According to the existing IP Agreement, SciPlay has non-exclusive access to Light & Wonder’s New Content for its existing games only. As a result, the only basis for SciPlay to pay additional money to Light & Wonder to extend the IP agreement would be to secure the following rights: 1) to ensure it is able to use the New Content on an exclusive basis in its existing games, and 2) to be able to use the New Content in new games that were not in existence at the time of the signing of the original IP agreement.

Based on our discussions with a number of industry participants, we believe no payment (and certainly no upfront payment) should be made to Light & Wonder because these rights, and therefore an extension of the IP agreement, are of little value to SciPlay for the following reasons:

  1. SciPlay already has access to Light & Wonder’s New Content on a non-exclusive basis for its existing social casino games. It doesn’t need to extend the IP agreement to have access to that content per the initial IP agreement. The only reason to extend the IP agreement would be to ensure that this New Content be exclusive to SciPlay. In practice, we don’t believe it is in the best interest of Light & Wonder to license this content to a third party and hurt its large, strategic investment in SciPlay. We are also skeptical that an independent third party would pay much for this New Content since it would be non-exclusive to that independent third party (since SciPlay also has access to it), making it even more unlikely that Light & Wonder licenses it to a third party. Therefore, we do not believe it is justified for SciPlay to pay for this theoretical right of exclusivity and contend that SciPlay should not be forced to pay more than what an independent third party would be willing to spend on the non-exclusive New Content.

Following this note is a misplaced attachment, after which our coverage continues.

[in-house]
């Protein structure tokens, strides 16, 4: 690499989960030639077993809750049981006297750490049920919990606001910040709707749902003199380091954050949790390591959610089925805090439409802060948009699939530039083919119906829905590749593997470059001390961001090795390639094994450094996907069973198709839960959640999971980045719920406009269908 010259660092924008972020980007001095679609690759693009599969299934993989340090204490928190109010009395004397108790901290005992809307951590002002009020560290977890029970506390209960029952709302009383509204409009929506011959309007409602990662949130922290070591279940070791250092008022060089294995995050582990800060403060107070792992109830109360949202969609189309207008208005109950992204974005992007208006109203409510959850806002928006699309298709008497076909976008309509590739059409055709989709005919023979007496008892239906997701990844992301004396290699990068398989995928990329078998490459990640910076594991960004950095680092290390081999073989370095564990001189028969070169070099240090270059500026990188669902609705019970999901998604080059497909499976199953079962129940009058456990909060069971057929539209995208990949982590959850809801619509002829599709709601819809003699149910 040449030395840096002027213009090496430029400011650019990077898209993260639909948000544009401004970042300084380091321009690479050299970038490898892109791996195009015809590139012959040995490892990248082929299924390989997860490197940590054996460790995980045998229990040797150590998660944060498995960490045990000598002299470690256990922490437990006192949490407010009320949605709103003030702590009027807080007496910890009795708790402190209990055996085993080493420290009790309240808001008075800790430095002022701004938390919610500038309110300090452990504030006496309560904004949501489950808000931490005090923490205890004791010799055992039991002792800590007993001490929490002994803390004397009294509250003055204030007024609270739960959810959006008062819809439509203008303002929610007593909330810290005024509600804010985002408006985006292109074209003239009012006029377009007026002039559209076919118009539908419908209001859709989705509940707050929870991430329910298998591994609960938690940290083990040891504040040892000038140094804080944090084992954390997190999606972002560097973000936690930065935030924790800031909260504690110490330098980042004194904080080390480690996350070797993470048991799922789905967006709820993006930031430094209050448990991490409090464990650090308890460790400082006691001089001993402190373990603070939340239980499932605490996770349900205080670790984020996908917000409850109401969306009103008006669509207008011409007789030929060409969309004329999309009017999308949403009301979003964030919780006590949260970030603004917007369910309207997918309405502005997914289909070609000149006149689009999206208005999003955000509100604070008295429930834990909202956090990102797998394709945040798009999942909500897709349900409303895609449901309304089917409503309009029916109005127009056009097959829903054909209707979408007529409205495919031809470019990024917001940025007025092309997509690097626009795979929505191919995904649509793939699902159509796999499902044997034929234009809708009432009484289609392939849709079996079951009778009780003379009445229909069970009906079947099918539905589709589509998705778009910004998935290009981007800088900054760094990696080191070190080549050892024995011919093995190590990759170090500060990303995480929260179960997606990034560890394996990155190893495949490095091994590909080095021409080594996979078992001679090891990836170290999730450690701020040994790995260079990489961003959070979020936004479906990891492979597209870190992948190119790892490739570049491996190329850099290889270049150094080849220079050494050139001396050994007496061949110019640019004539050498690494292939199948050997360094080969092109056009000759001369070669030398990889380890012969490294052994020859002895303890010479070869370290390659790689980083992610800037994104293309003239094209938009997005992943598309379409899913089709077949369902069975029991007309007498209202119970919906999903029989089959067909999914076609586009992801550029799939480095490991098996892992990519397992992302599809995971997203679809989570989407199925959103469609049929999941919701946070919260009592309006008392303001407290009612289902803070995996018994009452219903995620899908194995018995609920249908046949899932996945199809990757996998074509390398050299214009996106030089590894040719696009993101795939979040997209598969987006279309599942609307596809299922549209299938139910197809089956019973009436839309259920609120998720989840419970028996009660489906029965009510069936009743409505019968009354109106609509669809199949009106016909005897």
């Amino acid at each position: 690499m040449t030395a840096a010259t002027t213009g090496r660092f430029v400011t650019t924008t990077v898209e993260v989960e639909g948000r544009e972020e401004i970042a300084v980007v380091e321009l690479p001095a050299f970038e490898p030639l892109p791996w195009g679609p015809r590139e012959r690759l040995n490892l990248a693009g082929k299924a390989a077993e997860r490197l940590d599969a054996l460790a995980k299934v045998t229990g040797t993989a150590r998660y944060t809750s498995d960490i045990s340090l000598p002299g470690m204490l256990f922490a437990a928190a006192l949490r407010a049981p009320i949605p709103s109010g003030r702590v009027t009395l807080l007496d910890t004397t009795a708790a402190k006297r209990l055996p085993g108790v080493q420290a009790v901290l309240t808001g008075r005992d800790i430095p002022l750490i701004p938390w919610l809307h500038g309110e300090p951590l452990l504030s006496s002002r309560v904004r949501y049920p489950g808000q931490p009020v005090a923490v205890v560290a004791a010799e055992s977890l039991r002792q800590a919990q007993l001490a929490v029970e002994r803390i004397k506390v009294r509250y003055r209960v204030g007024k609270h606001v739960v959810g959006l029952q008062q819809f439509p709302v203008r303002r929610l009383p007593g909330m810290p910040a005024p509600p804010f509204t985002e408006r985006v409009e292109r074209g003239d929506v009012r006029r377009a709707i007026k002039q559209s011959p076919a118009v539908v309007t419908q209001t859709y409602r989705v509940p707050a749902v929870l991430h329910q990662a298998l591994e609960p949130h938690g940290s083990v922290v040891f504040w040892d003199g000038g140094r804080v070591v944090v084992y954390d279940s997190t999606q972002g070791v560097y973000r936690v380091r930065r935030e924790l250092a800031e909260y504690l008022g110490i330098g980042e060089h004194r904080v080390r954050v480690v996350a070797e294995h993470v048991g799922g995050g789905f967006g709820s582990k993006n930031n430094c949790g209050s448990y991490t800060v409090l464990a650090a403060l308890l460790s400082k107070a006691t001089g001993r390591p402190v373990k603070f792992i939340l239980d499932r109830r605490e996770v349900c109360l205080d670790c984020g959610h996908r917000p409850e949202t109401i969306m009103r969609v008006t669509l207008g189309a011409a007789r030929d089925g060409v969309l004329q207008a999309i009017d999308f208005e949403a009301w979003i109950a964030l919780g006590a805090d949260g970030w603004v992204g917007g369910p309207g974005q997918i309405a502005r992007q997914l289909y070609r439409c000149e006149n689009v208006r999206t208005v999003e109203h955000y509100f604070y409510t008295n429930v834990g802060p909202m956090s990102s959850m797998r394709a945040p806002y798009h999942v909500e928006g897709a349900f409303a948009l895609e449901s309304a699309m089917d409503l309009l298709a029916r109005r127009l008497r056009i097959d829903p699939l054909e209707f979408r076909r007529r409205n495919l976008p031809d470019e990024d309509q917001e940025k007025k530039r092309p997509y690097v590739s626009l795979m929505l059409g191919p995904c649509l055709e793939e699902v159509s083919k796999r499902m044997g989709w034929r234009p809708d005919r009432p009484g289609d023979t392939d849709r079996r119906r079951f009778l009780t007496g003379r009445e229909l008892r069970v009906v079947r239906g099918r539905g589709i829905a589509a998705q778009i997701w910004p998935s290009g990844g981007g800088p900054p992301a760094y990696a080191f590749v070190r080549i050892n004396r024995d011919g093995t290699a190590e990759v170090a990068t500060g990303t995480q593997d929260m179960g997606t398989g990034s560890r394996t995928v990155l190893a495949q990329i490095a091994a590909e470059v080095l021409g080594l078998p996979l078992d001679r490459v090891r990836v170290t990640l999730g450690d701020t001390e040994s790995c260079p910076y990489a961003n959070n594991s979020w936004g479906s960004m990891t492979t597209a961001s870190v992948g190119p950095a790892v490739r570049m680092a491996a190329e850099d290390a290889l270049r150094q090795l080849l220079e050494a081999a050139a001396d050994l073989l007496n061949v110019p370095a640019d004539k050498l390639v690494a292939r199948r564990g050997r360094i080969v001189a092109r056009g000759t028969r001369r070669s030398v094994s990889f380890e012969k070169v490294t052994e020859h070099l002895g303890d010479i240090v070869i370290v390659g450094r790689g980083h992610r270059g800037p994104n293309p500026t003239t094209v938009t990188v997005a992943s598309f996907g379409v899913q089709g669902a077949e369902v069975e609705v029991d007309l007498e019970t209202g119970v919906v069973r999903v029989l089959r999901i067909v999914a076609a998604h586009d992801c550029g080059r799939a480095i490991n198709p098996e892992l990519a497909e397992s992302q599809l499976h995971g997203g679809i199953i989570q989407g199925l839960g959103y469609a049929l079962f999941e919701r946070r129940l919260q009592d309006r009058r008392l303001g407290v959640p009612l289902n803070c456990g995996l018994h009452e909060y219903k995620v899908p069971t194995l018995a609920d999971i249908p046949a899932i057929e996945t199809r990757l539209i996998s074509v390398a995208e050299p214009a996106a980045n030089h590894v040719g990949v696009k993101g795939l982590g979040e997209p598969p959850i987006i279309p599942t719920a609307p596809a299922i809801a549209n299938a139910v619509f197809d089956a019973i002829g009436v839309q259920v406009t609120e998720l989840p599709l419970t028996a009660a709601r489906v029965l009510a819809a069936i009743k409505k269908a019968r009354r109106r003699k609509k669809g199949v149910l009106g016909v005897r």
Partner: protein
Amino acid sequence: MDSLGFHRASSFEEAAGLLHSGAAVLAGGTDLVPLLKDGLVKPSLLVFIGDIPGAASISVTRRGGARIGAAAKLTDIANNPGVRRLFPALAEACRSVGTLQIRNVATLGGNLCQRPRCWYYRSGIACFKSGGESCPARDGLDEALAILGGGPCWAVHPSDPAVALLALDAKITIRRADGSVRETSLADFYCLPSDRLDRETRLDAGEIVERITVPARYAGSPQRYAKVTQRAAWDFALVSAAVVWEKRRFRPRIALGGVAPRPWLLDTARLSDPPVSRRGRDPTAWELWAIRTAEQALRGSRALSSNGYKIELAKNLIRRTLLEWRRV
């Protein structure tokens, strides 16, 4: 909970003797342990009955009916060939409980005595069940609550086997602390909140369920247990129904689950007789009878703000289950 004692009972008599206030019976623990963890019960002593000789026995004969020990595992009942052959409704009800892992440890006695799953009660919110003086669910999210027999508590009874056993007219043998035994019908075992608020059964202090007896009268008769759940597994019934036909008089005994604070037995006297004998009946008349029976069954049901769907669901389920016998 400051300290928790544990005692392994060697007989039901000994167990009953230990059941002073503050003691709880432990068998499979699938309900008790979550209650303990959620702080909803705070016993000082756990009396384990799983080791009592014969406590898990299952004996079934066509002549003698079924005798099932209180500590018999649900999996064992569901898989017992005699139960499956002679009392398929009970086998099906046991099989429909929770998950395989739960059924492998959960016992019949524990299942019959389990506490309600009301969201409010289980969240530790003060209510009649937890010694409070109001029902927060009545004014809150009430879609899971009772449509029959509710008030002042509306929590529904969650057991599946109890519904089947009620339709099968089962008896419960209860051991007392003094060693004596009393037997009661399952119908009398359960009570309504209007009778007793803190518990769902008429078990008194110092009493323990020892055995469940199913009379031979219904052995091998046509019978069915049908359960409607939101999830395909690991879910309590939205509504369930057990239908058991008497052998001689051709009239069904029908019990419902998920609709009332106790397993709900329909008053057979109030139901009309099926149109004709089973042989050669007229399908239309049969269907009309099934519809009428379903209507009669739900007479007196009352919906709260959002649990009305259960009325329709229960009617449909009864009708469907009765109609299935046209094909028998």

2. The New Content is unlikely to be valuable for the new casual games developed by SciPlay. We note that since its IPO, SciPlay has not launched any new social casino games and is unlikely to do so, since it can simply continue to add content to those existing games. Therefore, per the initial IP agreement, SciPlay can continue to use the New Content for those social casino games. Meanwhile, SciPlay has focused on creating new games in the casual space, where the New Content (which is focused on the social casino space by virtue of its association with Light & Wonder) is unlikely to be relevant.

  3. The New Content is unproven and therefore, if there is a payment, it should not be an upfront payment. By structuring a potential extension as an upfront payment (as we believe is currently considered), SciPlay’s shareholders would assume the risk associated with the content development. This type of structuring would be highly uncommon in the industry, where such agreements are typically structured as royalty payments. Management seems to be in favor of an upfront payment because it does not impact the Company’s EBITDA and EBITDA margin. This should not be the driving factor. Instead, the best risk adjusted decision should be made independently of whether a payment hits the income statement or not.